Like any self-respecting Prog band, Goblin were obliged to release the dreaded “concept album,” which also appeared in 1978 with the Kafka-esque title II Fantastico Viaggio Del Bagarozzo Mark (“The Fantastic Voyage Of Mark The Bug”). This was full-on Prog with a distinctly Italian flavour, the vocals (courtesy of Morante ) delivered at times in the hectoring tone of a Roman market trader. “It’s a story about this beetle called Mark and his travels through the insect world, but it’s like … how to say? It’s a human story, but told in the insect world … an allegory!” An autobiographical allegory of certain members’ drug problems, it was later confessed! Perhaps those problems contributed to the band’s split later in 1978, apparently at the height of their powers. It’s also possible that there was friction with Argento, who has had well-recorded spats with Ennio Morricone, Giorgio Gaslini and Keith Emerson. Simonetti, however, offers a more prosaic explanation …” I think at that point, after all those years of collaborations, that we had nothing more to say. A lot of other bands from that era were also calling it a day round about this time … Prog Rock was finished, the new era of dance music was arriving.” Indeed, when sundry Goblins reconvened four years later to record the soundtrack of Argento’s Tenebrae, the results were distinctly disco-flavoured, with vocoder heavily to the fore on the main theme’s infernal toccata-and-frug, and drum machine throughout, complimenting the musicianly efforts of Pignatelli-Simonetti-Morante. Thus they were billed, as by now Cinevox owned all rights to the name Goblin, under which Zappa looky-likey Pignatelli was simultaneously recording Volo, an album of TV themes, utilising a rotating crew of collaborators, either with or without Simonetti and / or Morante. Pignatelli had taken on scoring duties for a succession of Italian genre pictures which generally lack the zip and zing of golden age Goblinry, their sequenced keyboard progressions coming across as leaden and predictable. Among the better ones are those for Joe D’ Amato’s 1979 outrage Blue Holocaust, with its pulsating main theme, and Luigi Cozzi’s Contamination (1980), whose genuinely epic title piece contains some of the niftiest mellotron work ever executed outside The Court Of The Crimson King. The rest of the album features several cuts filched from D’ Amato’s picture. The weirdest is undoubtedly that for Bruno Corbucci’s Squadra Antigangster (1979), a comedic crime-slime vehicle for Tomas Milian’s ever popular “Monnezza” character. This one boasts Chinese disco, the S/M droolings of demented dominatrix Asha Puthly on a track entitled The Whip and, bizarrest of all, the funk fiasco Welcome To The Boogie, in which guest vocalist “Charlie Cannon” not only welcomes us to said boogie but also invites the bemused listener to “wiggle his woogie” before delivering further astonishing non sequitur lines about, among other things, “funky” (or are they “spunky”?) donkeys!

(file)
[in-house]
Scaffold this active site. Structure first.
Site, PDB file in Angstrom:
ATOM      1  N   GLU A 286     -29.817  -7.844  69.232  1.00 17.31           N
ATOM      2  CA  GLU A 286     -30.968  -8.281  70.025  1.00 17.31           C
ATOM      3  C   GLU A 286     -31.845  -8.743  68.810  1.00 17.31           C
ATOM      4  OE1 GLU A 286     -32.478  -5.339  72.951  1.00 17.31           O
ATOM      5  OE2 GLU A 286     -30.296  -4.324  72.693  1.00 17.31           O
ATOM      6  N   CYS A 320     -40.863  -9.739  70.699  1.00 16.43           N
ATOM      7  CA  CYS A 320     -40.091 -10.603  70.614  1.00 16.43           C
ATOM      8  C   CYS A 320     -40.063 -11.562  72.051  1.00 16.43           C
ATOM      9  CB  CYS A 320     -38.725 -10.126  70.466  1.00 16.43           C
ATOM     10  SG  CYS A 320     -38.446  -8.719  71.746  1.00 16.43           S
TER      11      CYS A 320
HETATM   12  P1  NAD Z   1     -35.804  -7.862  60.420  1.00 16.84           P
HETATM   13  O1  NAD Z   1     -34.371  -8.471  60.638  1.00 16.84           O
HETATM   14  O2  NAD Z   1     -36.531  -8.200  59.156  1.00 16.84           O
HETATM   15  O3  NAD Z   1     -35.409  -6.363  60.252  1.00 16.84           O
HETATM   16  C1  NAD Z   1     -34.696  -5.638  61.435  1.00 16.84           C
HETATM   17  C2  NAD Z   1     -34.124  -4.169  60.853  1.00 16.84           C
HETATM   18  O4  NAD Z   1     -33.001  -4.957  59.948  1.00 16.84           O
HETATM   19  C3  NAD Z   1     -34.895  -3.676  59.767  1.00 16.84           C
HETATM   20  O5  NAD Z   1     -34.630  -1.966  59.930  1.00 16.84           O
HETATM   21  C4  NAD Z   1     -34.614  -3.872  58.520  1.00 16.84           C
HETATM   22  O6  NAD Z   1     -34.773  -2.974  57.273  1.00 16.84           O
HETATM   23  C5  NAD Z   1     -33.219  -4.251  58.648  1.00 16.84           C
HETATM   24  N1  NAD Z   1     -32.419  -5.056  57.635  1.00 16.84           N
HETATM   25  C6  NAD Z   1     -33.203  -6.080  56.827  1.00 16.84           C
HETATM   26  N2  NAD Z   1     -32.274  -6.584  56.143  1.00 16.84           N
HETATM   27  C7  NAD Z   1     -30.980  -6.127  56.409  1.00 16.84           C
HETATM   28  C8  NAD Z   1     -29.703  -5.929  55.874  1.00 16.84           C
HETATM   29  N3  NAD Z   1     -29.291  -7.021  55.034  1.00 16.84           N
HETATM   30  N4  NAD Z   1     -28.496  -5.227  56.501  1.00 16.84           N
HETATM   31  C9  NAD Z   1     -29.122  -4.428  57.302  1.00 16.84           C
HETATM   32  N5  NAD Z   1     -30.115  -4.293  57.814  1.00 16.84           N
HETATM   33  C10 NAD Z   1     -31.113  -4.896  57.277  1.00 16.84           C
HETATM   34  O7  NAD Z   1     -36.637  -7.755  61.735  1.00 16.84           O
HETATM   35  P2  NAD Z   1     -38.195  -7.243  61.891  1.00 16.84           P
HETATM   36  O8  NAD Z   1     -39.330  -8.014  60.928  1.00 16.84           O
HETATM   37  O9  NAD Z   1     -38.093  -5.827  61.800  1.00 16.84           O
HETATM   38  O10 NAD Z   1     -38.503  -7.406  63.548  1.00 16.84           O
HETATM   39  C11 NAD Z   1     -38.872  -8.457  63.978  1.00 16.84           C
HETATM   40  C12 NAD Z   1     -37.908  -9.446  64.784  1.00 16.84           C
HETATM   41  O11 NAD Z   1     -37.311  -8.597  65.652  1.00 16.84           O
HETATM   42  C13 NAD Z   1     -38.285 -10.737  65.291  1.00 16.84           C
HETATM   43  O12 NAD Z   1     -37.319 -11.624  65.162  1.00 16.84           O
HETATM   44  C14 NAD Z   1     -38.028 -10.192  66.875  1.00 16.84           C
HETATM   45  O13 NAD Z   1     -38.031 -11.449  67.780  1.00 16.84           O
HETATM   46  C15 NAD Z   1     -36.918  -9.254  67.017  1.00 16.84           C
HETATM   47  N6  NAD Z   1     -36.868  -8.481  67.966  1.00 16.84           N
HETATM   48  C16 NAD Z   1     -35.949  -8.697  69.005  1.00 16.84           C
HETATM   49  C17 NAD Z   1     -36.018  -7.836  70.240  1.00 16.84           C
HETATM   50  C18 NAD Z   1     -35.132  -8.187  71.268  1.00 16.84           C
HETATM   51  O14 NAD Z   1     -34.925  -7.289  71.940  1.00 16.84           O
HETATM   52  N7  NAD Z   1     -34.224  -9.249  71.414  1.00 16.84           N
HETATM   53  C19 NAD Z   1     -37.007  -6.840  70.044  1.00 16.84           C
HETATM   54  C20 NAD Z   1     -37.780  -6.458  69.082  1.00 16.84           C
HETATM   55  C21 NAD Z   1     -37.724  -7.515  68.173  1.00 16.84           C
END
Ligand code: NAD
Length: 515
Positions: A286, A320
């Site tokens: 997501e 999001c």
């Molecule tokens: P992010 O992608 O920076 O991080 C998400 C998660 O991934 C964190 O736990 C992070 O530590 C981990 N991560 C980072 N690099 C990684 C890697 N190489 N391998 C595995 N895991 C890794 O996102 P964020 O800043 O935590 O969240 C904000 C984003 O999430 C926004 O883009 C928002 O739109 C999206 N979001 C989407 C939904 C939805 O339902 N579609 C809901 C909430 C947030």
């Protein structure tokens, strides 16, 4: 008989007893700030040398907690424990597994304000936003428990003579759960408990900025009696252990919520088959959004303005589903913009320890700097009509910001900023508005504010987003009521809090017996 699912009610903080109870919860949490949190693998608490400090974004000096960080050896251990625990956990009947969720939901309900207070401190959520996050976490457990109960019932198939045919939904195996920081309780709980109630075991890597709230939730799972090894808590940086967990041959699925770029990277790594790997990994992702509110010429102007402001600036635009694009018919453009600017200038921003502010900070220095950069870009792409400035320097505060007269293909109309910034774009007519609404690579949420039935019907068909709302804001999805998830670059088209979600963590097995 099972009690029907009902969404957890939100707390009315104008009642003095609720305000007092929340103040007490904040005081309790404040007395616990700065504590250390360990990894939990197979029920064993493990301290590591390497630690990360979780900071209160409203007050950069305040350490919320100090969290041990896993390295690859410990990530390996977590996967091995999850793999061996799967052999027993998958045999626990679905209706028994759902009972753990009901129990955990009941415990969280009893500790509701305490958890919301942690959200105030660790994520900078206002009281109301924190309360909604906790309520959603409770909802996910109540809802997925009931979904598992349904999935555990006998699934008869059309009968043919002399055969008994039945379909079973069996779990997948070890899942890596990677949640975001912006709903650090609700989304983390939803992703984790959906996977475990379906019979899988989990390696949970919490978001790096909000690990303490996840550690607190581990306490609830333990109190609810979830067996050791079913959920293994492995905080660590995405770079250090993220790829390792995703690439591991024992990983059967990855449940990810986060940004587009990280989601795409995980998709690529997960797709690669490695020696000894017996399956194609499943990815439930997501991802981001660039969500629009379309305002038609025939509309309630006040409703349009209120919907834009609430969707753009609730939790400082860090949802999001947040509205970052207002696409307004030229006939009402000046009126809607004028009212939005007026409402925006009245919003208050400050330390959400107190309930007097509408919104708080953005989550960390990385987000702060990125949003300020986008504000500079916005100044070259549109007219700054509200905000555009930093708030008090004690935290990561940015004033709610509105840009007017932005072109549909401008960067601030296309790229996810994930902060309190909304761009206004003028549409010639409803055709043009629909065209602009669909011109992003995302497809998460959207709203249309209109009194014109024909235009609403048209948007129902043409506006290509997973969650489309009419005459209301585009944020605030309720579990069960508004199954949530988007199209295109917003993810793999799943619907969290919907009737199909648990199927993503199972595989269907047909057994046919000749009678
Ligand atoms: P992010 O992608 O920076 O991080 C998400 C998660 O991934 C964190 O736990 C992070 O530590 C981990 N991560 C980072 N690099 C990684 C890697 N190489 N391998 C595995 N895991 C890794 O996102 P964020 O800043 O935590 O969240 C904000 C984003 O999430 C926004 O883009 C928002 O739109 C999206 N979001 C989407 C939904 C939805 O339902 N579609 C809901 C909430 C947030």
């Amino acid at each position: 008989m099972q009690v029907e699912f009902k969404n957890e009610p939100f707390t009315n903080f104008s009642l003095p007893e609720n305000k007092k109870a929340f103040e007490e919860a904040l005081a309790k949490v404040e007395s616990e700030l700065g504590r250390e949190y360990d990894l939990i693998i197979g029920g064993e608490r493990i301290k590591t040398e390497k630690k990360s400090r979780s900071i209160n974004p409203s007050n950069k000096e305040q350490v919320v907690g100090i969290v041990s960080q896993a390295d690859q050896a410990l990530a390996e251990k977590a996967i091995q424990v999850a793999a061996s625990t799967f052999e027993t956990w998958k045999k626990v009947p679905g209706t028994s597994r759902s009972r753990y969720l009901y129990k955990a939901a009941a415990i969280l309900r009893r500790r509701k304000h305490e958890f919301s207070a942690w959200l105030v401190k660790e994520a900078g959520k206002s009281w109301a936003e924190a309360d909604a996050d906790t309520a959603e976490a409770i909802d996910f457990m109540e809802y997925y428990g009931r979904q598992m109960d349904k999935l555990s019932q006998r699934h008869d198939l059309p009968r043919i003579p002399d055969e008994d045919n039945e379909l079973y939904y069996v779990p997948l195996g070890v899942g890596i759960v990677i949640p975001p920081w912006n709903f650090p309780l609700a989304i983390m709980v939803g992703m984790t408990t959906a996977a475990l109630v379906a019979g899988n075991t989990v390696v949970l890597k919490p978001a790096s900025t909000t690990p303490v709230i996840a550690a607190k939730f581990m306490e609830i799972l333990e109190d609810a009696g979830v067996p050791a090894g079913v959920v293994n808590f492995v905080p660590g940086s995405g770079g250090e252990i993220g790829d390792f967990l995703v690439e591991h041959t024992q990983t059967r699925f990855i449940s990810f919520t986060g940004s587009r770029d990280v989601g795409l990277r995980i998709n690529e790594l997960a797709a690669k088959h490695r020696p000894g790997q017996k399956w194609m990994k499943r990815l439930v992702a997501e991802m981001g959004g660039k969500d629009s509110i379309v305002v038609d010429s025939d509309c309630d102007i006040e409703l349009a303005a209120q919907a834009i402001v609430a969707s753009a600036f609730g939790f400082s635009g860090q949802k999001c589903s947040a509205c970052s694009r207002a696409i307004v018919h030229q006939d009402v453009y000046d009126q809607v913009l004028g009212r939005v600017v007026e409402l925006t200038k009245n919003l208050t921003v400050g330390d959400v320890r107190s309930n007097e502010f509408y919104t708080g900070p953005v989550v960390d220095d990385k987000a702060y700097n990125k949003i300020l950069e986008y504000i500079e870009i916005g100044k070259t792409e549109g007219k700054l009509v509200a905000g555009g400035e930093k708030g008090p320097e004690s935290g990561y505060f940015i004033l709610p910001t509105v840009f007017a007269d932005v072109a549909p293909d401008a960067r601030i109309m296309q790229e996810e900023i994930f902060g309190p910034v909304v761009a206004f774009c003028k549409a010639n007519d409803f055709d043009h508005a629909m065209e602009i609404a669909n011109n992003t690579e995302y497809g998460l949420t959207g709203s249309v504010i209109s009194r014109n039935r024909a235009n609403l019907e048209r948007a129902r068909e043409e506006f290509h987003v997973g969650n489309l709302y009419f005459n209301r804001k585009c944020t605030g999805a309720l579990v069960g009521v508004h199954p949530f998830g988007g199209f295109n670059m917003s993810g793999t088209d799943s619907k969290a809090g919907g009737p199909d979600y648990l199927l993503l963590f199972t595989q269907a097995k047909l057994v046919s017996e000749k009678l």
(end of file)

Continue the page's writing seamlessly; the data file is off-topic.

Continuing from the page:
Meanwhile Simonetti’s solo scores were often the most entertaining features of exploitation pictures such as Enzo Castellari’s The New Barbarians (1982), Lucio Fu1ci’s Conquest (1983) and several Ruggero Deodato efforts. In collaboration with ethereal vocalist Pina Magri, he also contributed the pulse-pounding title piece for Argento’s much-panned Phenomena (1984, also collaborating on some tracks with Pignatelli) and the rather more lyrical main theme for Opera (1987), book-ending his Herbie Hancockesque electro contributions to Argento and Lamberto Bava’s Demons (1985) and gothy dabblings on its inevitable sequel, Demons 2 (1986). Simonetti’s contributions to all of these nestled cheek-by-jowl with a grab bag of contemporary rock tracks, Argento’s magpie “now that’s what I call hit-and-miss” scoring system an ill-advised attempt to drum up extra soundtrack album sales. When it came to Michele Soavi’s The Church (1989), producer Argento was ready for something more refined, dividing scoring duties between Keith Emerson and the axis of Pignatelli, Simonetti and Morante, who performed the looping cadences of Philip Glass’s compositions for the film. Argento’s directorial career marked time during the ’90s as the Spag Horror legend turned in a succession of misconceived mediocrities. 2001’s Non Ho Sonno aka Sleepless was a return to the giallo genre and a partial return to former glories. To stoke up expectations that he was back on track, Argento asked Simonetti to reform the classic Profondo Rosso / Suspiria line-up of Goblin for its soundtrack. “I met him in Barcelona at a festival in the late ’90s … ” remembers the keyboard wizard ” … and he said why not reform the band for my next film. So I contacted my friends and they agreed.” Although Goblin / Argento enthusiasts raved over the results (the predictably lush title piece has more than a suggestion of Profondo Rosso about it), ” .. .it was very hard to work together again,” confesses Simonetti, ” … because we hadn’t played for 22 years and we are now so different from each other. Every one of us likes different types of music. I think we were not ready to play together again.” Indeed, Non Ho Sonno could well prove to be the final hurrah. “That will probably be the last collaboration of that classic line-up of Goblin …. ” sighs Simonetti: ” .. .its not easy to play together and stay together.”
“A marriage is easier to keep together than a band” drummer Marangolo muses during an MPEG that appears on certain video-enhanced Cinevox editions of the band’s CDs. The company has diligently kept all of the band’s work available since the early 80s, and released an ongoing series of “greatest hits” and “rarities” packages including such oddities as Chi? (the band’s 1976 performance of a popular TV programme’s theme tune), Yell (Pignatelli and the Marangolo brothers’ 1978 theme for another TV series, which was resurrected for The Goblins’ re-scoring of Richard Franklin’s Patrick) and Pignatelli, Marangolo and Pennisi’s contributions to the score of Armenia Balducci’s 1979 effort, Amo Non Amo. The proliferation of Cinevox “Best Of” compilations and bonus “tracks / alternate” takes on their new editions of original albums made for a certain degree of duplication, but in 2000 the company excelled themselves with The Fantastic Journey Of Goblin, Volume 1 (no sign of Volume 2 at the time of writing). This collection serves up the expected Argento collaborations, but with a bonus disc comprising material that had recently been discovered in the Cinevox vaults, a concert recording of the band (Simonetti, Morante, Pignatelli and the Marangolo brothers) delivering live renditions of tracks from Roller and Bagarozzo Mark, together with the inevitable Profondo Rosso theme. “I can’t imagine where they discovered that material” confesses Simonetti: “”We were a really good live band, it’s a great shame there are not a lot of concert recordings and absolutely no video” (in fact a bootleg DVD exists, documenting Goblin’s appearance at the San Remo Festival in 1978. I might even get round to reviewing that one in a future posting – Bob Freudstein.) Cinevox have also released Volume 1 of a remixes collection and Simonetti himself has continued to tinker… on his Simonetti Horror Project video there’s a dance version of the Profondo Rosso theme, with a black DJ rapping over the top to startling effect. The Goblin legacy continues to thrive, much to the delight of Simonetti: “Prog Rock was very popular in the’ 70s. Now it is completely out of fashion, yet there is still such strong support for the music of Goblin over so many years. We couldn’t have imagined that this would happen. It makes us very surprised … and very, very happy!”